Join Now | 
HomeAboutContact UsPrivacy & SecurityAdvertise
Soccer America DailySpecial EditionAround The NetSoccer Business InsiderCollege Soccer ReporterYouth Soccer ReporterSoccer on TVSoccer America Classifieds
Paul Gardner: SoccerTalkSoccer America ConfidentialYouth Soccer InsiderWorld Cup Watch
RSS FeedsArchivesManage SubscriptionsSubscribe
Order Current IssueSubscribeManage My SubscriptionRenew My SubscriptionGift Subscription
My AccountJoin Now
Tournament CalendarCamps & AcademiesSoccer GlossaryClassifieds
The Silver Lining is the Future
USA Today, June 24th, 2006 4:46PM

MOST READ

MOST COMMENTED

USA Today tries to take some positives out of the U.S.'s failure in Germany. For one thing, Americans are watching this tournament in record numbers: about 5 million viewers saw the U.S. tie Italy; that's more than those households watching baseball on a typical Saturday. While MLS struggles in the ratings, the World Cup's numbers are approaching those of the Olympics, another of those sporting events that people largely ignore until the next one four years later. Even if that's all the attention soccer's getting, it's a heck of a lot more than before: twenty year's ago, Americans were barely aware the World Cup even existed. To be sure, the technology revolution has a lot to do with its new-found visibility. The Internet and satellite television have made it so the high-profile soccer leagues around the world are accessible to just about anyone. That, combined with many Americans' own experiences with youth soccer, have continued to help grow the game's visibility. Sure, soccer is still too low-scoring for many critics around the country, but it's the kind of game where, perhaps more than other sports, once you "get it, you're in." So the sport should continue to gain popularity. As for the Americans, they will only get better. As the audience gets bigger, and the global game does too, so will interest and participation in the U.S. Make no mistake about it: globalization, that great American export, is the driving force behind soccer. And any economist will tell you that it's only a matter of time before that extends here.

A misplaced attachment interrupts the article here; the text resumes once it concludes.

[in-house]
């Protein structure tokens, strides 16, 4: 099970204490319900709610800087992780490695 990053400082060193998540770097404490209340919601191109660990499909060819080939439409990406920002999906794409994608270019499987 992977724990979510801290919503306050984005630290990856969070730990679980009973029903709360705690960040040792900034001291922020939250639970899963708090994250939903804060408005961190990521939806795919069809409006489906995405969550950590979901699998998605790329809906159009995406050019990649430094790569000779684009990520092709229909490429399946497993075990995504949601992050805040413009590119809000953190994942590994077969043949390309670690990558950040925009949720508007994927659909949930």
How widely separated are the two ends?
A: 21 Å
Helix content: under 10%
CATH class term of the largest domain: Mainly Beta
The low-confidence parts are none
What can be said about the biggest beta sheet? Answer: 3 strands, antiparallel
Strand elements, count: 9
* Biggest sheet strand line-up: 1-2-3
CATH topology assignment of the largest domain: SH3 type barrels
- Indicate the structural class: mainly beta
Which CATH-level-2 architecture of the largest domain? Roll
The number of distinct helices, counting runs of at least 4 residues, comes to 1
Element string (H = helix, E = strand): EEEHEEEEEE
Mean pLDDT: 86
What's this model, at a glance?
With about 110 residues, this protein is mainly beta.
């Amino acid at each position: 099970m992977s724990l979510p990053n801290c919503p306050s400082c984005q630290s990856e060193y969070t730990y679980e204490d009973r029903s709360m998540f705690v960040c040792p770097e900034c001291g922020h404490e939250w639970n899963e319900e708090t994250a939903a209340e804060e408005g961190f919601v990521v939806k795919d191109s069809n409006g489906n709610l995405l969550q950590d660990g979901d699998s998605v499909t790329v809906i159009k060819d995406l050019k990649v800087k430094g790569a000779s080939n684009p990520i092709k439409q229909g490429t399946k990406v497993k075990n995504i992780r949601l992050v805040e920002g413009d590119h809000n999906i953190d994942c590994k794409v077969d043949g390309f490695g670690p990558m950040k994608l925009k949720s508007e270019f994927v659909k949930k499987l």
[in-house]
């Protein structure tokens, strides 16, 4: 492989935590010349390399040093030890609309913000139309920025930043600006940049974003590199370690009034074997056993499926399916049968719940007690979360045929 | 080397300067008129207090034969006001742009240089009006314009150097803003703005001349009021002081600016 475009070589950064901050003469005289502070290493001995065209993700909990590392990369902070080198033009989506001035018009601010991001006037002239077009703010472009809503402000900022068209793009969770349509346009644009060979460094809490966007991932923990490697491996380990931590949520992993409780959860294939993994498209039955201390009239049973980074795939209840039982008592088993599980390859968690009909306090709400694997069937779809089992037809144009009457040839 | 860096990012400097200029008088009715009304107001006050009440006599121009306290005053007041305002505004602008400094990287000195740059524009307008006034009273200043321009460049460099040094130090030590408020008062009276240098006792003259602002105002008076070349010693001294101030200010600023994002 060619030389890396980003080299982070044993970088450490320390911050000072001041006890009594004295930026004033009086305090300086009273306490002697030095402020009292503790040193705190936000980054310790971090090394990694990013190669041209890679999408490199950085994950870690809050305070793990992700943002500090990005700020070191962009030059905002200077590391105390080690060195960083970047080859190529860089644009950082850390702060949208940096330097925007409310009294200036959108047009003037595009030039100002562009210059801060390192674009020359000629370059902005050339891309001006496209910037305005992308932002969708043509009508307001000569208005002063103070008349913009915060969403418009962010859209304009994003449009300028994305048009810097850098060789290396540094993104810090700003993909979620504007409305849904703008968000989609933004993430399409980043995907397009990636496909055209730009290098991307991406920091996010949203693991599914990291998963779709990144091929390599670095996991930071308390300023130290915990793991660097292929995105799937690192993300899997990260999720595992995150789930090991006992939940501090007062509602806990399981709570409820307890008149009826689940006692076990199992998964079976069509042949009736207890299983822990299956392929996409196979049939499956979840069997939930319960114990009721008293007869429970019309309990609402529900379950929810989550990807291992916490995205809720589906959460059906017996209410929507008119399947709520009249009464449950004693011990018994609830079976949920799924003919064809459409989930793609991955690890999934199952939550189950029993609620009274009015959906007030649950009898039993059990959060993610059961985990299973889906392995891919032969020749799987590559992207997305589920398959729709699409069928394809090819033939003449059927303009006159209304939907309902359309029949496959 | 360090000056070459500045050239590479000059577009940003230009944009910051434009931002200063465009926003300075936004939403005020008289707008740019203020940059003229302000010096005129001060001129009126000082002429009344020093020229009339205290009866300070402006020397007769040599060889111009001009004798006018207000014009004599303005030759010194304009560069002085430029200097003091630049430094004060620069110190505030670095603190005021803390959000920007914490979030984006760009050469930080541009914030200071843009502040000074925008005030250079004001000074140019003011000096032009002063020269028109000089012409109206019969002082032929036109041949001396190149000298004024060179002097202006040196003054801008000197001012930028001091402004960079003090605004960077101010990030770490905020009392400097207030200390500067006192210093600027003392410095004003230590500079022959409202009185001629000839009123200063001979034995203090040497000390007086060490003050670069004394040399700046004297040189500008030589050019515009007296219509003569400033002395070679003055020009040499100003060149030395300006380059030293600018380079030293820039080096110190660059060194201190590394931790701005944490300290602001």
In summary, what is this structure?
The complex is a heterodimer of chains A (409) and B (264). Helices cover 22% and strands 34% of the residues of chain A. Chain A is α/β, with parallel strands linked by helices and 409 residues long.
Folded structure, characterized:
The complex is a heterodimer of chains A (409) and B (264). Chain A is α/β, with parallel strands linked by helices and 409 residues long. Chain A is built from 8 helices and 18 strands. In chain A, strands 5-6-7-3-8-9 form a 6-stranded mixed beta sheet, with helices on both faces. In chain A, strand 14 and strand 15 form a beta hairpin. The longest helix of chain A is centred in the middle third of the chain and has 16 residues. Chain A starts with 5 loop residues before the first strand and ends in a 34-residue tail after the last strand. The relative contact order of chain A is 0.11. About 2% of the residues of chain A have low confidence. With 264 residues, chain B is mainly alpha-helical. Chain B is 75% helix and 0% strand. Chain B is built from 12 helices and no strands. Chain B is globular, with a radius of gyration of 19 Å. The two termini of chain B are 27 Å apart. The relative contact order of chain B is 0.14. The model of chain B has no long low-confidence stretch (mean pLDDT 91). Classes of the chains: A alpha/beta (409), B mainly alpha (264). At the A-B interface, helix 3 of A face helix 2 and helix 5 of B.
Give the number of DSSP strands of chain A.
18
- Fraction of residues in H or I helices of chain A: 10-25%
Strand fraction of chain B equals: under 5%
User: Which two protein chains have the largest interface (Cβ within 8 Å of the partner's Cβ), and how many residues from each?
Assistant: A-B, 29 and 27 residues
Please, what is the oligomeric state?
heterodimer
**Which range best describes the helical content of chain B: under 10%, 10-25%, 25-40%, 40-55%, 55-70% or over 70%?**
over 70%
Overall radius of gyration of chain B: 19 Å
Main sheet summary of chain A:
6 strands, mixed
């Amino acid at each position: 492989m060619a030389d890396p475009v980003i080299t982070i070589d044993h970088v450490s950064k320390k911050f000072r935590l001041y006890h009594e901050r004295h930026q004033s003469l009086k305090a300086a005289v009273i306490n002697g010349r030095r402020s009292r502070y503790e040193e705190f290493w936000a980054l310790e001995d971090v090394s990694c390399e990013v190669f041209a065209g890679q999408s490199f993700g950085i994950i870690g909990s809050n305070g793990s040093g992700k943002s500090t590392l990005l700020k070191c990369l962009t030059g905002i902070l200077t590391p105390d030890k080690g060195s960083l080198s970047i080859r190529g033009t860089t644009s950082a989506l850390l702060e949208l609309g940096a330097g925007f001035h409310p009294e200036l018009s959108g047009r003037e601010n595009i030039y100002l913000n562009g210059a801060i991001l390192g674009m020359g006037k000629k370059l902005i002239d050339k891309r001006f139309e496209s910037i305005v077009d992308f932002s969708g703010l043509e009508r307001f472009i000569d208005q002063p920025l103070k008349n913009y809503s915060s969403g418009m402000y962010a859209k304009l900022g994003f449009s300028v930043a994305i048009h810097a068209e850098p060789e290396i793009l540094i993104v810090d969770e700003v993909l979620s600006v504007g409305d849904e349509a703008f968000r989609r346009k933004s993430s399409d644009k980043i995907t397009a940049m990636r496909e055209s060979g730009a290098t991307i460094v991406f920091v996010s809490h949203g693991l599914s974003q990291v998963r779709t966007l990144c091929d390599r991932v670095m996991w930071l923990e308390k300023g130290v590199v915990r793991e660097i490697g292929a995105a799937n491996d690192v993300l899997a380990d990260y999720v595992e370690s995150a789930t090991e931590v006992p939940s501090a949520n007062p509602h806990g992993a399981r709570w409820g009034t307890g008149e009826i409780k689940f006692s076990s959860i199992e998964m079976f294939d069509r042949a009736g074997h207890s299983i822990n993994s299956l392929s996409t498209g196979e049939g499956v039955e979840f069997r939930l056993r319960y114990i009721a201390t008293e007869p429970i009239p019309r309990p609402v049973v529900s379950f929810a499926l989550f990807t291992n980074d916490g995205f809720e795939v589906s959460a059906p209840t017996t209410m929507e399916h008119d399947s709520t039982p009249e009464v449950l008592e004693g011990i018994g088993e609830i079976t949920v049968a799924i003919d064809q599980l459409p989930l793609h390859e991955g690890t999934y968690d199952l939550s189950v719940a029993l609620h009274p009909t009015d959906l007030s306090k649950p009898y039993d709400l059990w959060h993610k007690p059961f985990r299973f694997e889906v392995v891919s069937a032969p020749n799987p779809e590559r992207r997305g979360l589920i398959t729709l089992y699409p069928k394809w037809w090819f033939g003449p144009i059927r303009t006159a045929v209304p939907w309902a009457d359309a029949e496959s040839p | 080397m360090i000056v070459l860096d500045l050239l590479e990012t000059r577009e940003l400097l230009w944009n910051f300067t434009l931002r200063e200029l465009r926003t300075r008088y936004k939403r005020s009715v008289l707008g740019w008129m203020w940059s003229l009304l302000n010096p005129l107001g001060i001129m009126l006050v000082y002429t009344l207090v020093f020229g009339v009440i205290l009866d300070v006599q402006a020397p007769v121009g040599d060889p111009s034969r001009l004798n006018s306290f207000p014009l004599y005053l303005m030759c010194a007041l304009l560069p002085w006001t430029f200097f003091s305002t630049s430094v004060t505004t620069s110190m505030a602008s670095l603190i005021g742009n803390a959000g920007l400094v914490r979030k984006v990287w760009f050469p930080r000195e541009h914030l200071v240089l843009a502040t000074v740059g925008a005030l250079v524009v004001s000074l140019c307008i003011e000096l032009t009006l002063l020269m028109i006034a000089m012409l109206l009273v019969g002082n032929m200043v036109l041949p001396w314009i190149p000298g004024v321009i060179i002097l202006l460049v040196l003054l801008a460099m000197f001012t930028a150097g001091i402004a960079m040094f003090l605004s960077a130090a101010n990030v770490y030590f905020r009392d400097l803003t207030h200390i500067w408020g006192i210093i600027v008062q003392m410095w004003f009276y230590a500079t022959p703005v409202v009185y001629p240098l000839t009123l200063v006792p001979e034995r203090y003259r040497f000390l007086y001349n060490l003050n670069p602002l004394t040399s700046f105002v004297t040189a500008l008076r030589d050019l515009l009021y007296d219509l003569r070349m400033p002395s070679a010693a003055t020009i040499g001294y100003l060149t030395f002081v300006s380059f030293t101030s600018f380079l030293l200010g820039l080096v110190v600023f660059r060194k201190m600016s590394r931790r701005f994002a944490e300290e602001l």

Read the original story...



No comments yet.

Sign in to leave a comment. Don't have an account? Join Now




AUTHORS

ARCHIVES
FOLLOW SOCCERAMERICA

Recent Section 2 Around the Net
Arrests Mar Roma's UCL Win     
Police arrested three fans prior to AS Roma's UEFA Champions League opener against Russian side CSKA ...
Roma Players Warn City, Bayern Following Rout     
AS Roma's players said they are full of confidence following their 5-1 hammering of CSKA Moscow ...
Di Maria: "I Needed to Change My Life"    
In an interview with Perform, Manchester United forward Angel Di Maria says that he left Real ...
Drogba: "I'm Like a Diesel, I Need Time"    
Didier Drogba admits that he needs time to regain his fitness and confidence after squandering chances ...
Ajax Earns Draw with PSG    
Danish international Lassa Schone scored in the 74th-minute from a free kick to spoil Zlatan Ibrahimovic's ...
Barca Uninspiring in Narrow UCL Opener     
It was an uninspiring debut for Barcelona coach Luis Enrique in the UEFA Champions League on ...
Mourinho: Costa's Hamstring Injury a Concern     
Chelsea coach Jose Mourinho reiterated his concerns over striker Diego Costa's hamstring following the Blues' 1-1 ...
Report: NYCFC Eyes Queens Stadium    
New York City FC is considering building its stadium near the Acqueduct Racetrack in Queens, Capital ...
Ronaldo on Track to Break European Scoring Records    
If he remains injury-free this season, Cristiano Ronaldo should become the all-time leading scorer in both ...
Jardim: Monaco "Superior" in UCL Opener    
Leanardo Jardim hailed AS Monaco's "superior" display in Tuesday's 1-0 win against Bundesliga giant Bayer Leverkusen ...
>> Section 2 Around the Net Archives